On Wednesday, Wisconsin Governor Scott Walker announced plans to invest $30 million towards mental health in his state to address gun violence, particularly after the mass shooting of Sikhs in Oak Creek, Wisconsin, last August:
“Initially, the discussion centered on those tragedies,” he said. “But it’s really much bigger than that, it’s much broader than that, it’s not just in reaction to that. There is a tremendous need in terms of addressing mental health in our society.”
The intention behind the funding is to support mental and behavioral health programs for children and for those in crisis. Yet, as needed as such an investment is, one wonders about whether increased access mental health services would have saved the lives of six Sikhs killed by a white supremacist who had a long history in the hate movement. We also know that white supremacy and domestic hate groups do not appear to be of significant focus by law enforcement agencies.
Ten days after the shooting in Oak Creek, a 16 year-old youth shot and killed another Sikh, Dalbir Singh, in the Milwaukee area during a failed robbery attempt. The youth was recently sentenced to five years in a juvenile correctional facility. In this case, it is also unclear whether a behavioral health program would have prevented the path that led this youth towards gun violence, or whether increased gun control would have prevented this youth from obtaining a gun. There are likely a multitude of factors involved in this case that are not being discussed.
Despite what happened in Oak Creek, there is relatively little talk by our policy makers about the role of the white supremacist movement in perpetrating acts of gun violence, or violence otherwise. Reports have shown that domestic hate groups are continuing to recruit members, their means to spread their propaganda continues unchecked, and even recently, a man in Stamford, Connecticut was discovered with a cache of weapons, bomb materials, and white supremacist propaganda:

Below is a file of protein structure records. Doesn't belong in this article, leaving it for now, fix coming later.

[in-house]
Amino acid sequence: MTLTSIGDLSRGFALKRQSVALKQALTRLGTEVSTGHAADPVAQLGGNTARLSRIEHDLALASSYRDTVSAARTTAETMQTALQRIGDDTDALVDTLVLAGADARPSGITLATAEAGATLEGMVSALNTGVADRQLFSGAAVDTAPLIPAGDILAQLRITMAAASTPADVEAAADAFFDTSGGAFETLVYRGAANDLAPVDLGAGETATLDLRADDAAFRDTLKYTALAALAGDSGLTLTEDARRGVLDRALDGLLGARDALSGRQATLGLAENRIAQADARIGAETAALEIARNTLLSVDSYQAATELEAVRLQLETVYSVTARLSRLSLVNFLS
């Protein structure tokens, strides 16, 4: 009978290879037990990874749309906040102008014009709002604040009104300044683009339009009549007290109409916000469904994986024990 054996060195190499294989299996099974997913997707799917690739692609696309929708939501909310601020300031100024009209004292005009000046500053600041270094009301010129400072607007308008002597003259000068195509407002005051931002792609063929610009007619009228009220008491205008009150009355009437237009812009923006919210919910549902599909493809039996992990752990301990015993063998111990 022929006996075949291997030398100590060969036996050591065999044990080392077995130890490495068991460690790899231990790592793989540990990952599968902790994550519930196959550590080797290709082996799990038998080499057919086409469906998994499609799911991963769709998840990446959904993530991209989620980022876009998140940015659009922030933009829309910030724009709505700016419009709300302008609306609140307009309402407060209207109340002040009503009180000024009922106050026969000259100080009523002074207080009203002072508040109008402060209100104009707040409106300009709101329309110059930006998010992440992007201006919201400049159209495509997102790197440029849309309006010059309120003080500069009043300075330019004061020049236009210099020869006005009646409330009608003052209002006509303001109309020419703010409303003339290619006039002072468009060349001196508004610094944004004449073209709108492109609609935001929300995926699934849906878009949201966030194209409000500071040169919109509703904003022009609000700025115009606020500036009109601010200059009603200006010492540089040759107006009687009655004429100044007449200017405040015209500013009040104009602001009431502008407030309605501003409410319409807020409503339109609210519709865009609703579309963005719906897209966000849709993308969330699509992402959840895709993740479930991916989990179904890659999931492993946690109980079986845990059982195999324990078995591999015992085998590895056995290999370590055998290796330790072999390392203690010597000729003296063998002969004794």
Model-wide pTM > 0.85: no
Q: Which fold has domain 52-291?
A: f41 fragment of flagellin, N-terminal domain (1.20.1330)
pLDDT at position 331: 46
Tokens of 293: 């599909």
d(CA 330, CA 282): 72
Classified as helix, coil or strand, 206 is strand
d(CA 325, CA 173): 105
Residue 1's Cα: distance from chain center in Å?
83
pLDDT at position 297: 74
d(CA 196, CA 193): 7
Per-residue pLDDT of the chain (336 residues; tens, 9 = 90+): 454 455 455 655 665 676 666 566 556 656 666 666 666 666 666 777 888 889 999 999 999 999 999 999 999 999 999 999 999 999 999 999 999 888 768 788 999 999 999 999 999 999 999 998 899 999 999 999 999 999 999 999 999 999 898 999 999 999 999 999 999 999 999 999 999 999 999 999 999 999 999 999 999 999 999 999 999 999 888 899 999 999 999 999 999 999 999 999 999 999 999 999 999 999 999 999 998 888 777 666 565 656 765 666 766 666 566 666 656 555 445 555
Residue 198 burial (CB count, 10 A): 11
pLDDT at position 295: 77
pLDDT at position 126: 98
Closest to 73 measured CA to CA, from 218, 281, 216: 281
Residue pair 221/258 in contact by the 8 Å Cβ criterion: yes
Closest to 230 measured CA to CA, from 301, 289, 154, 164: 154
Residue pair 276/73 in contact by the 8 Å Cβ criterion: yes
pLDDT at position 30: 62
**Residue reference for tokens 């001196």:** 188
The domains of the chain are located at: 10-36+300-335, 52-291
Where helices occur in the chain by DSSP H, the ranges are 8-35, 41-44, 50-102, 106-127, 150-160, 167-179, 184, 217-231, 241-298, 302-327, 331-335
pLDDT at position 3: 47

Police discovered loaded weapons including rifles and shotguns near entry points to the home, white supremacist and anti-police propaganda, a monitoring system to watch the outside of the home, and a reinforced escape tunnel that ran underground through the backyard, the Stamford Patch reported. They also found bombs that were being prepared with PVC pipes loaded with nuts and bolts that were apparently meant to serve as anti-personnel shrapnel.
Interestingly, certain advocates within the Sikh community in the United States have taken on the cause of gun control as well. Certainly, gun control is a matter of debate, but it is a tenuous assertion that all Sikhs in this country support gun control. And, the question must be asked: under the current gun control proposals, would Wade Michael Page have been able to purchase the weapon he used to attack the worshippers in Oak Creek? If the answer is yes, then the pursuit of gun control in this context may not have the consequence that we are hoping.
Unless we categorize white supremacy as a clinical mental health illness, investments in gun control or mental health will not address the threat posed by hate groups in this country, and as such, policy makers are missing the mark in preventing tragedies such as Oak Creek from re-occurring.